To be successful fly fishing on Stillwater, you must develop a sixth sense for what is happening below the surface.
To keep me focused, I constantly imagine that a fish always sees my fly and is interested, at least initially. I expect a hit on each and every cast. By keeping focused, when I do get a hit I’m not surprised. I’m ready for it and I think I miss fewer strikes.
It’s fairly common that once I’ve caught a few fish from a short section of shoreline the fish in the immediate area seem to go off the feed. With regular changes in presentation (retrieve, showing the flies at a slightly different angle) I can often continue to get hits.
As the fish start to get picky, I think about which different stillwater techniques to try. Yes, I know I'm crazy but I listen to the fish! Often takes become more gentle and harder to detect. If this happens to you, try holding your rod tip 12 inches above the water and watching for the smallest movement of the fly line where it enters the water as it swings up and down on your retrieve. Try to visualize takes before you actually feel them. Focus on the tension of the line in the water on your retrieve. You might feel slight additional pressure ... or you might feel some slack! When either of these happen, use a firm strip strike at that point. You might just have a fish.
When the bite goes off, the first and easiest thing I do is to change retrieve speeds and styles to help induce additional strikes. When I came home from a recent trip to Alaska, my wife Liz was fostering four newborn kittens. As they grew I played with them using a feather for them to chase. They quickly became bored and lost interest if I moved the feather at the same pace on each pass. However, by changing the speed or direction, the kittens would pounce on the feather once again. I think same thing happens with the trout at Limestone. The first or second time they see a fly they pay close attention and may strike. But by the forth or fifth cast they have already made up their mind "That isn't food!" By constantly varying the flies path and speed through each cast, I think I can outwit that wily trout and fool it into taking my fly.
Fish the cast out. I see a lot of anglers at Limestone take their fly out of the water 8-10 feet from shore. I consider this the sweet spot. Same thing when fishing from a boat. A subtle technique that is often overlooked is to hold the flies briefly in the water before each recast. At the end of each retrieve, instead of the usual recast with 10-20 feet of fly line still in the water. Try slowly sweeping the rod upwards and then stop it at about 50 degrees. Then with the fly line hanging down in an arc, watch this for up to ten seconds for any signs of a following fish taking the fly. This is fishing the ‘Hang’: this short pause has been responsible for catching many additional fish over the course of my fishing seasons. Now, when you do pick up the line, expect a take. That nymph might just be heading to the surface. Just think how many times a good fish has boiled at the surface when you go to make a recast. Try this technique and you’ll be able to convert quite a few of those into hooked fish.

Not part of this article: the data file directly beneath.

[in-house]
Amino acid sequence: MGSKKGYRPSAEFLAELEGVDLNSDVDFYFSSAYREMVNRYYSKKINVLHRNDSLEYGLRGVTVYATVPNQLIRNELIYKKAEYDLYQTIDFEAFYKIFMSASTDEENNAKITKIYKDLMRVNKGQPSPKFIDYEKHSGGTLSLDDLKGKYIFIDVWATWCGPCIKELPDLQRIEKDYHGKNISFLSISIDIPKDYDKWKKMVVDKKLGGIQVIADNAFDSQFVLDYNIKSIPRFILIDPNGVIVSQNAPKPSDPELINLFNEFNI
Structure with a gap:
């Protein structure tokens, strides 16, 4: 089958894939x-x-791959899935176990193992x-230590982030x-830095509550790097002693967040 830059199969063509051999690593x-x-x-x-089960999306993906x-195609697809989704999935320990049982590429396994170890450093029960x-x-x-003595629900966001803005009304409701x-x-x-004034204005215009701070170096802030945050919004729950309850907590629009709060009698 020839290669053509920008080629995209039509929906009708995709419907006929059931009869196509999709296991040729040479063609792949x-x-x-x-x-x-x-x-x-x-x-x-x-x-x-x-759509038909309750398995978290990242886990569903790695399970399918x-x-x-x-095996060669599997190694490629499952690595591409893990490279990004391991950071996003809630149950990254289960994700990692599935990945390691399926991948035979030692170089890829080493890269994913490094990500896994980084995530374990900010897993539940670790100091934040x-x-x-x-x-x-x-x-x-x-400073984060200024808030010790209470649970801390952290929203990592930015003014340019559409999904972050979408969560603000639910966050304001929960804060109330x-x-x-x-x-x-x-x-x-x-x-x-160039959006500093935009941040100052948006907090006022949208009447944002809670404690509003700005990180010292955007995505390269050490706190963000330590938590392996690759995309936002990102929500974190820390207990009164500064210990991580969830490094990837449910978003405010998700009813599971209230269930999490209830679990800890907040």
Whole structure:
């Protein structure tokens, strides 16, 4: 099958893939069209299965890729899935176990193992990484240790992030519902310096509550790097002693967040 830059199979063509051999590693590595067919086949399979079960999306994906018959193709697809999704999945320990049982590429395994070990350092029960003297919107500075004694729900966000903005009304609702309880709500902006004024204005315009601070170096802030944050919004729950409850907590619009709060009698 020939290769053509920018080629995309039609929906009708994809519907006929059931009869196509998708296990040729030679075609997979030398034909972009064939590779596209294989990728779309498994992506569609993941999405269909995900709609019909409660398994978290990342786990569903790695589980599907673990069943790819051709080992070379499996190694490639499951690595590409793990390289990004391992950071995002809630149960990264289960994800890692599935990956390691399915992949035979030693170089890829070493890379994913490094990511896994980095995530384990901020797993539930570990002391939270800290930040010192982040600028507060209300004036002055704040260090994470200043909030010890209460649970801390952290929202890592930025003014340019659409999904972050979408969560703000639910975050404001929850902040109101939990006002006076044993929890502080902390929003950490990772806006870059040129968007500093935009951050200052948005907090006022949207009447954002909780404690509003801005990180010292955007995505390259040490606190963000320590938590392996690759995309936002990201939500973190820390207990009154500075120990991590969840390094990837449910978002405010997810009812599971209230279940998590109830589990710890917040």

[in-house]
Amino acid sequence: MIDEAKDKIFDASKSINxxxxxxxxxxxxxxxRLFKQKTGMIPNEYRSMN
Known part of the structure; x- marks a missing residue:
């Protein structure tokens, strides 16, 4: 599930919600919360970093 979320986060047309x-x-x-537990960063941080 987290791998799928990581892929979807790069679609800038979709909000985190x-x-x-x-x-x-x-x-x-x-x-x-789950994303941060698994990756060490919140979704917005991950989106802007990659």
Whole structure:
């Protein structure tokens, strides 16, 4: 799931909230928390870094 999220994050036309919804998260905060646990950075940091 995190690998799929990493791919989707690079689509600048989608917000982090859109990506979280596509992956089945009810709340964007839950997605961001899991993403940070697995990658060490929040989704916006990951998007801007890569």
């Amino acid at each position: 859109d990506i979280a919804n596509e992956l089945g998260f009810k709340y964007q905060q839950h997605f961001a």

There are many techniques to try under varying conditions. Stillwater Presentation by Denny Rickards is a great resource but there is always more to learn. When hoppers don’t hop, rings don’t rise and streamers aren’t chased, trout are still catchable. While many anglers go to the dreaded bobber (depth regulator for the purist), that is not my favorite way to fish. I recently read about a technique often used in England - “washing line”. This technique is new to me and I think worth investigating. It's name comes from the way the flies hang in the water column.
A washing line rig uses a team of three flies. The point or tail fly is very buoyant with two nymphs on droppers spaced 3-5′ apart. The point fly acts as a float and helps suspend the wet flies/nymphs at the correct level. The total leader length is between 12-15 feet (minimum 10 feet) and may be attach to a floating line for fish holding in the top 1-3 feet
or to an intermediate line to reach fish that are holding deeper (down to four feet).
By mending slack line into the cast, the dropper flies free fall on the slack line. By applying tension, you can hold the flies at a constant depth. With a long slow pull on the line or raising the rod tip, you can lift the two dropper flies almost vertically and easily adjust the depth.
I haven’t tried this technique and since I get tired of fishing with indicators I can’t wait to try the ‘washing line’.
And if none of this works, or if it works so well you are tired, stop by the clubhouse, visit the Drinks Fairy, and hang out on the porch. There's never a bad day Limestone.